By Jacob Bourne
Construction is well underway for Station Park Green, a transit-oriented mixed-use project at 1700 South Delaware Street in San Mateo owned by Essex Property Trust Inc. EBL&S Development has been working with project architect, MVE + Partners to deliver the multi-building development offering 599 market rate apartments, 27,000 square feet of retail and 10,000 square feet of office space on the 12-acre site. Station Park Green is one of the first in California to be part of the LEED Neighborhood Development pilot program founded by the U.S. Green Building Council. Under the program, the project has achieved a gold rating for the certification.
“The LEED ND objective is about sustainability but also about really good community design,” said Darin Schoolmeester, principal, MVE + Partners. “Our firm’s principles really blend naturally with LEED ND, so it wasn’t about trying to comply with their standards so much as it was an opportunity to focus on our existing values.”
Station Park Green is located within the San Mateo Rail Corridor Transit-Oriented Development Plan area, nestled between the Hayward and San Mateo Caltrain Stations. It’s also nearby parks, shopping, community resources and walkable streets. From Schoolmeester’s perspective, the project’s location was a significant factor in positioning it to be a strong candidate for the LEED ND certification. It was one of five projects considered for the pilot program and the second to achieve a gold rating.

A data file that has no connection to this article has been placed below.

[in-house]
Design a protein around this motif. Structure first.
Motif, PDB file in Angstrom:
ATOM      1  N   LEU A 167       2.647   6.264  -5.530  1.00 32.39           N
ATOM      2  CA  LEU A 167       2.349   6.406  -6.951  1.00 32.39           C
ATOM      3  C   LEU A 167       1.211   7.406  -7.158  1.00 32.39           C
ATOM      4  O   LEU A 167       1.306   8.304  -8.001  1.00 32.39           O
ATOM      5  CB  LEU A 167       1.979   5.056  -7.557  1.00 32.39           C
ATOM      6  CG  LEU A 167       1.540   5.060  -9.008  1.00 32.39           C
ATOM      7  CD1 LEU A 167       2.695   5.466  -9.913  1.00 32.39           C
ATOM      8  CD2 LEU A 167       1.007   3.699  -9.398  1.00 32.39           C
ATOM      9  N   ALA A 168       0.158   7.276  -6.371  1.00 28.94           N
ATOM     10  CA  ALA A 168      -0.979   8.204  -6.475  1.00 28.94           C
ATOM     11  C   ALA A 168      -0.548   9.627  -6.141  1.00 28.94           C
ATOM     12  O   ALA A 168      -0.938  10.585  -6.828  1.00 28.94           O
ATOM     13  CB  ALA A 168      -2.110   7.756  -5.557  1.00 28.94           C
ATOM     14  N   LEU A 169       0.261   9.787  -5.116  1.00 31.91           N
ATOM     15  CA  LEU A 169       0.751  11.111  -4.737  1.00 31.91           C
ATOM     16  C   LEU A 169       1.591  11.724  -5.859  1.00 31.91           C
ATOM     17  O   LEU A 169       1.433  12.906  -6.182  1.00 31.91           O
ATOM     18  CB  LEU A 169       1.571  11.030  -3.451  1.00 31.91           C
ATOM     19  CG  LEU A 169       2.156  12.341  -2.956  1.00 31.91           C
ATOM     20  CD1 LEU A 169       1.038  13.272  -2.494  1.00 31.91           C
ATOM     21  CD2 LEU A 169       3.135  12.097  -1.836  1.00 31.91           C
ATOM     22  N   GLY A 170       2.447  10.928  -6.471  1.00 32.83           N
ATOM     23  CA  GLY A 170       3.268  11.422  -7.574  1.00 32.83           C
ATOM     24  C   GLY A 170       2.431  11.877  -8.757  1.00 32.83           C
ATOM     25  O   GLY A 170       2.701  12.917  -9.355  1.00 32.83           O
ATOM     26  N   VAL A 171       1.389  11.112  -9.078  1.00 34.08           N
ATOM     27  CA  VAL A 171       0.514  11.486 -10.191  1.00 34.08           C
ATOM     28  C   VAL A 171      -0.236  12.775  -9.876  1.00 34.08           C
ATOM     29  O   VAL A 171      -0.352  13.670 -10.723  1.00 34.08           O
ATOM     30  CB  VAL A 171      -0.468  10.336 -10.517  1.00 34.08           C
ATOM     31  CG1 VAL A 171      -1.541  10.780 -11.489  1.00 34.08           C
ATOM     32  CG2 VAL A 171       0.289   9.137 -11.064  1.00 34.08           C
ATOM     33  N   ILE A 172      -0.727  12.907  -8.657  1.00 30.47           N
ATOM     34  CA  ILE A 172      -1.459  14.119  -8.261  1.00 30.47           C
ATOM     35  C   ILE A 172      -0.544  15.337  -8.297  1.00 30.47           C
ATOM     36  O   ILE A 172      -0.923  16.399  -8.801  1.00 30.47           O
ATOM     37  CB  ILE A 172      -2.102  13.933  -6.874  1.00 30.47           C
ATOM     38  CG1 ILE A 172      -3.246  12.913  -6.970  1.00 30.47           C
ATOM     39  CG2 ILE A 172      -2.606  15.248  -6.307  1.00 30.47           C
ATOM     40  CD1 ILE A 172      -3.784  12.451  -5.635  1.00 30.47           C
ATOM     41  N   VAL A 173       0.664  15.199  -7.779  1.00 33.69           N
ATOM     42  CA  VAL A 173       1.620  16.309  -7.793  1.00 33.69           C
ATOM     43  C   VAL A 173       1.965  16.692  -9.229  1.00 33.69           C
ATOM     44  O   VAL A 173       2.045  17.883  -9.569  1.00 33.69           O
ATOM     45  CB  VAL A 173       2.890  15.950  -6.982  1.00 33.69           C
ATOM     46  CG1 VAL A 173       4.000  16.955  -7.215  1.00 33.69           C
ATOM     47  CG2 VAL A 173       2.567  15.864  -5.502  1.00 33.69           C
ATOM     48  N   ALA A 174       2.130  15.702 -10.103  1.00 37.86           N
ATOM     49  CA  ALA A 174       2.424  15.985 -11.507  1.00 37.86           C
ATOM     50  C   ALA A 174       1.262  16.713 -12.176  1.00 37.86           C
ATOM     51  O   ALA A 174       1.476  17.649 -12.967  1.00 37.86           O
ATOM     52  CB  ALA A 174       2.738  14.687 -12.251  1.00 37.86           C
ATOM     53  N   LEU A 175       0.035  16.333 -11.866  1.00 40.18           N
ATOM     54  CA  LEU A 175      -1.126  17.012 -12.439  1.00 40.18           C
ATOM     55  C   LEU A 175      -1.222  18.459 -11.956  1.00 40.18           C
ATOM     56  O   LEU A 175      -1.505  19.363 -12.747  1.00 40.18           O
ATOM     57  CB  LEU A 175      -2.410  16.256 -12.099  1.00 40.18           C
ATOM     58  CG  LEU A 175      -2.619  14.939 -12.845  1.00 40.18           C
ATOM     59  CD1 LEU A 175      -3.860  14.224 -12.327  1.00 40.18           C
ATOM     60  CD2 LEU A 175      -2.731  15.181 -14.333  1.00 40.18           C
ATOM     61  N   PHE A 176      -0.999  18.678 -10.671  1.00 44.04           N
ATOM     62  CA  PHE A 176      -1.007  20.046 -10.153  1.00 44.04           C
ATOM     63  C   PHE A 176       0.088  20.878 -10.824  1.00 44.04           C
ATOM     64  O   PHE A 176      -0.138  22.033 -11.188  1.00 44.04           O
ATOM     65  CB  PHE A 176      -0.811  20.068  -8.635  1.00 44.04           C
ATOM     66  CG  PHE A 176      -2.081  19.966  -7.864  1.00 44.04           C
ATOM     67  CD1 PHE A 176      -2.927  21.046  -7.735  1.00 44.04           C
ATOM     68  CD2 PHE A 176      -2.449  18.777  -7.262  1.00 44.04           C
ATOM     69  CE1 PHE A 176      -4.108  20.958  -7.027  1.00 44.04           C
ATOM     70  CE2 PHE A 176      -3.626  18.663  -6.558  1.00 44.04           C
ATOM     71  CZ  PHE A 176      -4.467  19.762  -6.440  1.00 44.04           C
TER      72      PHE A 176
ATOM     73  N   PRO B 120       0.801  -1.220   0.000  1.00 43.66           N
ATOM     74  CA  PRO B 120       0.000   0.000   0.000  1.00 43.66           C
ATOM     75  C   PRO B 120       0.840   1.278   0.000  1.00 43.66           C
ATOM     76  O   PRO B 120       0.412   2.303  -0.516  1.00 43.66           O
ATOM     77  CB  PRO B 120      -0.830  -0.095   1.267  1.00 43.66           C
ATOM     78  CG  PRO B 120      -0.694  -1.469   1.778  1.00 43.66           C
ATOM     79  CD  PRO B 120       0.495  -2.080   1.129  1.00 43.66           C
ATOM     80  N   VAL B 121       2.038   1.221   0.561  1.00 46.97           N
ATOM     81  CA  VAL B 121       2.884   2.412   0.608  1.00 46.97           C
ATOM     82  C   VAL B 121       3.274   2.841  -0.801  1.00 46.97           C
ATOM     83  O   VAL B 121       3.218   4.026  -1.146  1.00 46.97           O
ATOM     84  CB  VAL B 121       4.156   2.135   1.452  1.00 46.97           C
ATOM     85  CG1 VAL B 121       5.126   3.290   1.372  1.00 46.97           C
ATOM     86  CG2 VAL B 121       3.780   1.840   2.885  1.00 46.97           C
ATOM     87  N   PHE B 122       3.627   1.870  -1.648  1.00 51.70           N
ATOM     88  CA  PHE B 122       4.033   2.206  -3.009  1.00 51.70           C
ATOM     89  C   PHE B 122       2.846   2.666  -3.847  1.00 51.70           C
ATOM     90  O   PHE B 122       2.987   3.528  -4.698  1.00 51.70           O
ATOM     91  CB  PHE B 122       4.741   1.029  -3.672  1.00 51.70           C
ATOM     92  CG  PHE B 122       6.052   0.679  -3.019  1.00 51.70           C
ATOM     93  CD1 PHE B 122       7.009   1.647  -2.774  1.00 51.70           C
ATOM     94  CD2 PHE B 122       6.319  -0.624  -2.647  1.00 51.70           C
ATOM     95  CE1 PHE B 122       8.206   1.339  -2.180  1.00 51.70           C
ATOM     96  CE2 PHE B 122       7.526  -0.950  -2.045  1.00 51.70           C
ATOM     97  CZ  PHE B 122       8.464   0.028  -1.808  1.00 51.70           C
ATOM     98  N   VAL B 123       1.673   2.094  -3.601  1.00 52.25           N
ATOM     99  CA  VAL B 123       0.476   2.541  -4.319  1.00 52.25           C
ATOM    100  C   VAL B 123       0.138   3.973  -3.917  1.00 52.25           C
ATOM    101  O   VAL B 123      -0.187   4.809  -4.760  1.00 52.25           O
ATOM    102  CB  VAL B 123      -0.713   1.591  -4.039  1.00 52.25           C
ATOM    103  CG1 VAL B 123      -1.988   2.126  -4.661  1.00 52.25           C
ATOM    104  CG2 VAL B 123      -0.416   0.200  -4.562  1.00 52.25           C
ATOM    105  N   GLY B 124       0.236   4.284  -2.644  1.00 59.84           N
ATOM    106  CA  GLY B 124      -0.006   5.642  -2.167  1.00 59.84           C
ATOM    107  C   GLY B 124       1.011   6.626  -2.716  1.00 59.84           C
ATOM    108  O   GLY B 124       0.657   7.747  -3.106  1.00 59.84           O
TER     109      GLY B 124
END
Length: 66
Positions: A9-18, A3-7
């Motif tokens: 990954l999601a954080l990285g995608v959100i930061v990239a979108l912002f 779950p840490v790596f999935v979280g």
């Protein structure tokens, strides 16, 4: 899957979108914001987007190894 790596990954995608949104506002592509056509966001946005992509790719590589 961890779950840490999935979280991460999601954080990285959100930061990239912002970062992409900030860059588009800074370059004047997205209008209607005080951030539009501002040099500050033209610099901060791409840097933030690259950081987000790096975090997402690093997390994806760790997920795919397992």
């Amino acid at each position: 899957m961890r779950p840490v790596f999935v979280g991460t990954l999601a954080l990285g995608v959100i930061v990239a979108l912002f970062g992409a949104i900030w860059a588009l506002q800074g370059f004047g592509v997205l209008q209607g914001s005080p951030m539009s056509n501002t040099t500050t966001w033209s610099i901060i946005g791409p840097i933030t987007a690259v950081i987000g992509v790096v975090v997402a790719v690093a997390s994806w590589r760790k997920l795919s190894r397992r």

The LEED ND certification was created to recognize projects that contribute to the “greening” of neighborhoods. Projects that gain the certification promote the reduction in vehicle miles traveled through design and location, allow for connections to employment centers via transit or walkable streets, and prioritize energy and water use efficiency. Station Park Green features storm water re-use, drought resistant landscaping, a solar reflective roof as well as high energy appliances and elevators. Local materials are also used in construction while waste is being diverted and recycled.
Good connectivity and compact design are central components of LEED ND as a way to foster more vibrant communities and discourage urban-suburban sprawl. The certification encourages the reuse of underutilized sites such as surface parking lots and brownfield sites. The overarching goal of LEED ND is to integrate sustainable buildings in a way that considers the benefit of whole communities beyond the boundaries of a single project.
Station Park Green was approved in 2015 and construction is complete for the first mixed-use building. Work is underway on the second, primarily residential building with full project buildout estimated for the fourth quarter of 2019. The project’s four buildings will activate the community with ground floor retail and restaurants, along with two acres of publicly accessible open space that’s connected to the broader community by walkable streets, garden trails and courtyard pathways. Parking structures are hidden in the middle of the development and feature landscaped roof decks. According to the developer, the project has received support from Greenbelt Alliance, the Sierra Club, San Mateo County Economic Development Association, NRDC, San Mateo Chamber of Commerce and other entities.
“We encourage all of our clients to pursue these programs,” Schoolmeester commented. “LEED ND is good for sites with good proximity to community resources and transit. There’s interest in this certification not just in the Bay Area but also in more suburban communities, where people don’t want to have to really on cars and want convenient access to transit.”